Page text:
Monthly Archives: November 2011

Of personalities, interpersonal relationships and management.

I know when it’s time to go on vacation; this blog starts to dry up. It’s a great indicator because I write how I feel on this website, and when I’m too busy to think about that, I’m already past my best. And so from the 9th September until the 18th November, this column was barren.

It may be useful for you to consider your own life/work balance and see what the triggers are to take some time off. The earlier the trigger you can spot, the better you can deal with it. I bet there’s a much earlier trigger than waking up at 6am with a banging headache. Did you start eating out too much, or start skipping the visits to the gym? Maybe a tick in your hand? Spotting early triggers to burnouts are a really useful coping mechanism to the myriad of stress in our lives.

I also know when I’m healed and nearly ready to come back from vacation. It happened when I woke up at 4.30am today and lay there thinking about the Belbin Team Inventory, and what it means on the 30th anniversary of his writing about it, to our personal and business lives? Is it still relevant? Was it ever? Can we learn anything? And my catharsis is to write about it here.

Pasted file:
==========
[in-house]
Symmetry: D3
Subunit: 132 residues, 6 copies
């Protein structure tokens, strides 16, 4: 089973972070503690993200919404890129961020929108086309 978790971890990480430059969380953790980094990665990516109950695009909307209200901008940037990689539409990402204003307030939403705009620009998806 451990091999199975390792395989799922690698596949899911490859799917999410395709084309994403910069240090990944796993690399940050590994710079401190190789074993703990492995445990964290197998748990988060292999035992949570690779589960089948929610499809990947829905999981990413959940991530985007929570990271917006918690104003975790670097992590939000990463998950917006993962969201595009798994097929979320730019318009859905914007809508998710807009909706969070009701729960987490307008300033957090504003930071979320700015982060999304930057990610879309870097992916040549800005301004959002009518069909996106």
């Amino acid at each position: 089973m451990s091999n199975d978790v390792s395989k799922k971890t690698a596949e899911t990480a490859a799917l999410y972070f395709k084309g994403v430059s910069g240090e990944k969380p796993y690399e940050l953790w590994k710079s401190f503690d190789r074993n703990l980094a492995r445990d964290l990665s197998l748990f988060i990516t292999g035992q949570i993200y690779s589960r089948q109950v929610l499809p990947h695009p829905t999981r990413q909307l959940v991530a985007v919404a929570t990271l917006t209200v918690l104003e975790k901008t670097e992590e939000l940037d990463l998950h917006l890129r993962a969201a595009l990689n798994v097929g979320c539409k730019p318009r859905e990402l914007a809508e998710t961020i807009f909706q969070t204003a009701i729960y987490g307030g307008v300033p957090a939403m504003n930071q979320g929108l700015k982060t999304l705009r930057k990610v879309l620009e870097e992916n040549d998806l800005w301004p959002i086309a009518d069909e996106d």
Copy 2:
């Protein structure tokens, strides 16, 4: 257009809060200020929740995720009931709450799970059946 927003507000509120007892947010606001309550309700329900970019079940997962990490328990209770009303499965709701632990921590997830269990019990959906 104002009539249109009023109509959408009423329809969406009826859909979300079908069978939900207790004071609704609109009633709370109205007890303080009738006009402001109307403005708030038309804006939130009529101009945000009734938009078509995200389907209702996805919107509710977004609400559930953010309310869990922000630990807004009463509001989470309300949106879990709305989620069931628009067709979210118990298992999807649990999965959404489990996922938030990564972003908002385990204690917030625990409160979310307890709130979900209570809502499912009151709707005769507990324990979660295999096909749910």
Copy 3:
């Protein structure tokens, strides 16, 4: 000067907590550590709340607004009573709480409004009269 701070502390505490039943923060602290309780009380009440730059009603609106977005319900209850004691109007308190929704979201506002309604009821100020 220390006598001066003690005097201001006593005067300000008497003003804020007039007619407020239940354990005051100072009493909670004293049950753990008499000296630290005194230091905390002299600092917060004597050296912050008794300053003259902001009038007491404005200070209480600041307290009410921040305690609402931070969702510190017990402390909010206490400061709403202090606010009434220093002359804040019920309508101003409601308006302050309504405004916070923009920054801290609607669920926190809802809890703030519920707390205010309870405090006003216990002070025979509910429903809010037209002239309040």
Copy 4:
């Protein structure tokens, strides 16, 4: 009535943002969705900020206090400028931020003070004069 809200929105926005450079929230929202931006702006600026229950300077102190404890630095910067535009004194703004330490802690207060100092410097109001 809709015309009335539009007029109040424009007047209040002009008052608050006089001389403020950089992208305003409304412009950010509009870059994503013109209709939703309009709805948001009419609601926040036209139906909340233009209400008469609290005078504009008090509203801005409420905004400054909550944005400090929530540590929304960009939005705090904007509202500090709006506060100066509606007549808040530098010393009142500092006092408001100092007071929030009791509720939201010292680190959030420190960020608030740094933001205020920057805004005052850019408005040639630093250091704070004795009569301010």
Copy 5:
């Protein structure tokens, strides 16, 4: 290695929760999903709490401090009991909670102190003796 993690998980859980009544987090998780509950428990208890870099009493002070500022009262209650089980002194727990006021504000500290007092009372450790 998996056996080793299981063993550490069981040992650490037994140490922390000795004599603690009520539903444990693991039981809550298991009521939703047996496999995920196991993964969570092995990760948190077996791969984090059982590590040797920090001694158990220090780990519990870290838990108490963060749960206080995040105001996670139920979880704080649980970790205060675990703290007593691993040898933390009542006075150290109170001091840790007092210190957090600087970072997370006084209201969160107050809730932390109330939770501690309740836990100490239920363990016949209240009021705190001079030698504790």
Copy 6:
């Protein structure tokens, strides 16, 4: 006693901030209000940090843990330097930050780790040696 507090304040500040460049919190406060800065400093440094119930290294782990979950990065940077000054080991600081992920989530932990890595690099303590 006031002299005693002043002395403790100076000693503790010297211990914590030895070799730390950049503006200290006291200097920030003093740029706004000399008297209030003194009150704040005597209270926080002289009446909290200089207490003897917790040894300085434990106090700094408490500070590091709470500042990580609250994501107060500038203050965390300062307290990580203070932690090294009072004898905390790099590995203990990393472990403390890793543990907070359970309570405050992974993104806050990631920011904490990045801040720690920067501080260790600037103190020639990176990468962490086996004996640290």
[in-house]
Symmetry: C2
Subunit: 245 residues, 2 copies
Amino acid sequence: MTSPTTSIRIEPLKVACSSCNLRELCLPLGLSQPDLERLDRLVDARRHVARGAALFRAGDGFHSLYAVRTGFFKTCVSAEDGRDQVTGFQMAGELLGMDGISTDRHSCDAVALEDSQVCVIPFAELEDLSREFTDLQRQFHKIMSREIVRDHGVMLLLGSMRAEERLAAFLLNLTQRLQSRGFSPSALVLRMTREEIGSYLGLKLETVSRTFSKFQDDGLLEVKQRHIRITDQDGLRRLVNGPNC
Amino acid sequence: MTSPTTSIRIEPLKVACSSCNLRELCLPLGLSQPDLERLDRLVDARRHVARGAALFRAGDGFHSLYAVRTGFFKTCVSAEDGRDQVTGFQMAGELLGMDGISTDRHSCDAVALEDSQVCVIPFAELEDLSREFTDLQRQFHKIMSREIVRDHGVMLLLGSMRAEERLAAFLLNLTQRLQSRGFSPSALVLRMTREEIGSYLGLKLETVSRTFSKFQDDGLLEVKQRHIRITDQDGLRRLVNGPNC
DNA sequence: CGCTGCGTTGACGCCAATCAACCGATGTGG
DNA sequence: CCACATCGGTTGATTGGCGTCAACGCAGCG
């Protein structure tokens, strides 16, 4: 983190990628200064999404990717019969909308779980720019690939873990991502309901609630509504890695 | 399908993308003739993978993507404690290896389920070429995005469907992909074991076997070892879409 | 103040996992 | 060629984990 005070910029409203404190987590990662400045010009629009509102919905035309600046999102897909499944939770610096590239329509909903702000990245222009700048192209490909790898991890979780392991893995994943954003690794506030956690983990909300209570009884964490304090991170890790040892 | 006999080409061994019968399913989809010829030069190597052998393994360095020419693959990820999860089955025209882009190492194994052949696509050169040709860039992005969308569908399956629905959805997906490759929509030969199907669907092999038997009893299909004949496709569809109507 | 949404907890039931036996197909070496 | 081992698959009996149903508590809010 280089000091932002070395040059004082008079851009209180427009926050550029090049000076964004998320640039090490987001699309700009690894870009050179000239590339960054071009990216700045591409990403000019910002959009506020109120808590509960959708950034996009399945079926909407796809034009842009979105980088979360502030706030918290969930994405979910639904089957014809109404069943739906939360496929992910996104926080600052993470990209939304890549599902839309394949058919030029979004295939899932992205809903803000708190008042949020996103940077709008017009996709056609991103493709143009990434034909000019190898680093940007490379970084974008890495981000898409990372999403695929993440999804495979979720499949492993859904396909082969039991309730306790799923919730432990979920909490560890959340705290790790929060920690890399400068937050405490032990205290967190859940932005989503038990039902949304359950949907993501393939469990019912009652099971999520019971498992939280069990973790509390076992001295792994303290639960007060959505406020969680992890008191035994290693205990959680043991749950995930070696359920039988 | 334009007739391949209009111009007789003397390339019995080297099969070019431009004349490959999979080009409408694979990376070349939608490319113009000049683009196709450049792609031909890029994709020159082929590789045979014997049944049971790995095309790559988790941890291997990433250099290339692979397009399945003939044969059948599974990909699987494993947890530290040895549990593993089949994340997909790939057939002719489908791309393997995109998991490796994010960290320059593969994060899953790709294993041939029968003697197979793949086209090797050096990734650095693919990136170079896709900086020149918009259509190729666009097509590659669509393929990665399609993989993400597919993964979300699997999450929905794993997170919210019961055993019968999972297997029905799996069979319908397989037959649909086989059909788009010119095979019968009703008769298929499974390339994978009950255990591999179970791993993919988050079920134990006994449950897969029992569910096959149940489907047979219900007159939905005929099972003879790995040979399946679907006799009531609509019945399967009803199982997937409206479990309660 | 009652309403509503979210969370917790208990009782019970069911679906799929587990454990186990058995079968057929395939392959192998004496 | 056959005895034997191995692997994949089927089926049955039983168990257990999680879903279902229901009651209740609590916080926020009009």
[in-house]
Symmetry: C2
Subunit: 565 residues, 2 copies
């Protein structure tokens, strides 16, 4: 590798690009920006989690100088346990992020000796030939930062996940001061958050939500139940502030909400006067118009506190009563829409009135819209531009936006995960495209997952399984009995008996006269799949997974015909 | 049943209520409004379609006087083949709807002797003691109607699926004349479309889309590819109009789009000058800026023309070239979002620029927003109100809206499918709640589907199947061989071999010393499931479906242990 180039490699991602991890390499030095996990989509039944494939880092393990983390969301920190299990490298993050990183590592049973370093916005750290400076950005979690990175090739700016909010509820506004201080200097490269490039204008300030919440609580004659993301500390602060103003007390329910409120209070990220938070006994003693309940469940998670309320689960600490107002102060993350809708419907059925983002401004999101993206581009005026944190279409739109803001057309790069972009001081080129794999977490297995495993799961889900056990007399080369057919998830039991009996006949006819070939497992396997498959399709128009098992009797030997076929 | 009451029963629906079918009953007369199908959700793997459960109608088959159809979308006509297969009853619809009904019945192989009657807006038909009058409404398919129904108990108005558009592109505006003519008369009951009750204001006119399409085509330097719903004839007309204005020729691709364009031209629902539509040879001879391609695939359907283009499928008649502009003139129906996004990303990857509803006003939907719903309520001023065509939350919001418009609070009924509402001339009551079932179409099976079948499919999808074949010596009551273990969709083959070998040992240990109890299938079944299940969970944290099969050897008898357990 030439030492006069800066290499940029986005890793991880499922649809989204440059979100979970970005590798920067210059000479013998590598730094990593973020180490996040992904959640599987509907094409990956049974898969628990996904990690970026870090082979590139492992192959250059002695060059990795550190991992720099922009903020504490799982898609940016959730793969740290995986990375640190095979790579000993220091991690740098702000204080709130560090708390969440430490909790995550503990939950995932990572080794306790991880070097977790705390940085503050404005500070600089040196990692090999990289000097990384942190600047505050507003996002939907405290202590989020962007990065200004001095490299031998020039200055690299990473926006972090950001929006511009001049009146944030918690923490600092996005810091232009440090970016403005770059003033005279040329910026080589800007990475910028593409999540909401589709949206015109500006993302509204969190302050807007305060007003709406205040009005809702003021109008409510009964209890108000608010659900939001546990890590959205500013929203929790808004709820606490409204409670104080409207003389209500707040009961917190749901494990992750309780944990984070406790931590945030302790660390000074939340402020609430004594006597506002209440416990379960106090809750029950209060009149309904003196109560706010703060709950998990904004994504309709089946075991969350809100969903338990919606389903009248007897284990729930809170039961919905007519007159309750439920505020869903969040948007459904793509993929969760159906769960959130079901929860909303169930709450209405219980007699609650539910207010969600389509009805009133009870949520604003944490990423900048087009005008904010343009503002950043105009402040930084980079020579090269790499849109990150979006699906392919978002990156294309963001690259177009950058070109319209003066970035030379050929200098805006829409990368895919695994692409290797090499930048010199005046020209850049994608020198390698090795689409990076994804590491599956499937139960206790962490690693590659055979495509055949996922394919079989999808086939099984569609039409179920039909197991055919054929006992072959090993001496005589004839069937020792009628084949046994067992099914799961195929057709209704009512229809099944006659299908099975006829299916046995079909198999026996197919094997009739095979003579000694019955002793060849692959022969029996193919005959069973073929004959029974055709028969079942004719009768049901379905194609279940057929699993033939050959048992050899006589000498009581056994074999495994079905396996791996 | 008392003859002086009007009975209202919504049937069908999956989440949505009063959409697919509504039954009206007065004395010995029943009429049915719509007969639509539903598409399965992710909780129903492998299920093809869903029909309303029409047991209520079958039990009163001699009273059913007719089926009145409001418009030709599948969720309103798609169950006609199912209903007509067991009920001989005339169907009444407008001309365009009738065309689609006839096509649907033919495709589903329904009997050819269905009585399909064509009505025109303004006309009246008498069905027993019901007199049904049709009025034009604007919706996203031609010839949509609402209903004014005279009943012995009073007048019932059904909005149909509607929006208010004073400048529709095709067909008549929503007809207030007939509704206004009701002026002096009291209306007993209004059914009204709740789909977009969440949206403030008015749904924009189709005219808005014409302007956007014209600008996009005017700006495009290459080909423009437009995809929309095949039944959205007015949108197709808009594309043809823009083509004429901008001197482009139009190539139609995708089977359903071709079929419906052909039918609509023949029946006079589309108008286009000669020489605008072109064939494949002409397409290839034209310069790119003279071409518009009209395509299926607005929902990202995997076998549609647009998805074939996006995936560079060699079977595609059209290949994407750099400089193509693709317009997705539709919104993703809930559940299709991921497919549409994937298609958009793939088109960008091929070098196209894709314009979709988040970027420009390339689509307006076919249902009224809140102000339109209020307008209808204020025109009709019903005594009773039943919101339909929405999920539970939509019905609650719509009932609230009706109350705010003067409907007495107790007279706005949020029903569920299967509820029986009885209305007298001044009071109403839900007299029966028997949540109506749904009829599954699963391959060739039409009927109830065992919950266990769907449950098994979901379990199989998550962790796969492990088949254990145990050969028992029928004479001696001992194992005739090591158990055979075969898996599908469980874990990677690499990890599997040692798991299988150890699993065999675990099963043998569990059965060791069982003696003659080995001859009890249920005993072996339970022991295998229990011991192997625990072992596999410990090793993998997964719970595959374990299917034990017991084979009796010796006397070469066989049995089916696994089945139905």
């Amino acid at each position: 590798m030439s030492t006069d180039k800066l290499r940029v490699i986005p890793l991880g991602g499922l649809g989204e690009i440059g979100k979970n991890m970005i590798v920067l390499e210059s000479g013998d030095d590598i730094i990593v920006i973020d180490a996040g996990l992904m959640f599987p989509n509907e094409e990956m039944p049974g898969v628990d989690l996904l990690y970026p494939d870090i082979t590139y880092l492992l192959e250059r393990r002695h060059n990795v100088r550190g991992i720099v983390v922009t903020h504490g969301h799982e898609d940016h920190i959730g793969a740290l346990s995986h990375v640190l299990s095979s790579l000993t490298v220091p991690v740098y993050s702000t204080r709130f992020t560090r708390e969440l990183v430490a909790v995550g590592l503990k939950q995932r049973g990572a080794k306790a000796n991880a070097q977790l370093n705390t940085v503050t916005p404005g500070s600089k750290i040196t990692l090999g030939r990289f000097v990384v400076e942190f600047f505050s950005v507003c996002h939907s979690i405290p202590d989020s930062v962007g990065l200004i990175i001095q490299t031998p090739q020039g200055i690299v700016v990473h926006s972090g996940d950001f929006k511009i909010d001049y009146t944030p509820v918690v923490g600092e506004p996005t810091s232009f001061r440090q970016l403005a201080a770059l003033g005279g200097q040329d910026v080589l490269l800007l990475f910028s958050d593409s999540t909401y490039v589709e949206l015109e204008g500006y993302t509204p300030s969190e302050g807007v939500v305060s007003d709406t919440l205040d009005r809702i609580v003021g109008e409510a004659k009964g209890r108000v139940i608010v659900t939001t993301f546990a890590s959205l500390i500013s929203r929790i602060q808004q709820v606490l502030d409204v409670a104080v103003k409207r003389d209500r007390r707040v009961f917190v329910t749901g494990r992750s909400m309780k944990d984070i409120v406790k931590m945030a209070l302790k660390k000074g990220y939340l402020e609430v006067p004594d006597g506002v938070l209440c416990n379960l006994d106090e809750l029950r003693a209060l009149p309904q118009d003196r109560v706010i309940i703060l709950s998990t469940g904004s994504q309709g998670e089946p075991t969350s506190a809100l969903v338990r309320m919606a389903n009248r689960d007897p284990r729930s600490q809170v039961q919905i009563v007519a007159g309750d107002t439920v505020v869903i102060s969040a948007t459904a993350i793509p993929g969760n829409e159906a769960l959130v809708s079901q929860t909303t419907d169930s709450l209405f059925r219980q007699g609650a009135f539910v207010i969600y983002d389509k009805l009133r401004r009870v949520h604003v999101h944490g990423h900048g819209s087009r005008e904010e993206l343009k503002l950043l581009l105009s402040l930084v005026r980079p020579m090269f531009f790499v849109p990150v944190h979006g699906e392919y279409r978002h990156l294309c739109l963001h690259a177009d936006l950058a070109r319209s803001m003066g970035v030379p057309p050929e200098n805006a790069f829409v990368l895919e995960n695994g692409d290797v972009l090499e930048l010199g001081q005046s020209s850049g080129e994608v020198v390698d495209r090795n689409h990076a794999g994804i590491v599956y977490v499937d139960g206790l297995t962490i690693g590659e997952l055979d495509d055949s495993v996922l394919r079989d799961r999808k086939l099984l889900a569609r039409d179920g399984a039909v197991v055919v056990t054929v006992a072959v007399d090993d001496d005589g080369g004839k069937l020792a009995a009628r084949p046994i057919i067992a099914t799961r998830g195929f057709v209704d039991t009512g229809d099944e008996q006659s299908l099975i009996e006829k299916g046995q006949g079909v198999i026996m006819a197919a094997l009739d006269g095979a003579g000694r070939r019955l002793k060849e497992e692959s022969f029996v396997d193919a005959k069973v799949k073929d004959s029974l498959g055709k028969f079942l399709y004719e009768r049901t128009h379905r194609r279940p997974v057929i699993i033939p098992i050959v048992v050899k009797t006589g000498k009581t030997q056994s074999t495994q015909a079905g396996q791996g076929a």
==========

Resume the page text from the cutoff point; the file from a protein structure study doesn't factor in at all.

What’s Belbin all about?

For those that haven’t read about Belbin, Wikipedia does a much better job than I do about explaining it, but the basics are that a chap called Belbin spent a lot of time in the 1970s researching and observing successful and failed teams, and trying to draw conclusions in the statistics. He wrote it up in a book called Management Teams: why they succeed or fail.

The principle is that there are 8 distinct roles in a team:

  • Plant: The creative person, solving the tough problems who loves to come back and present their fantastic ideas.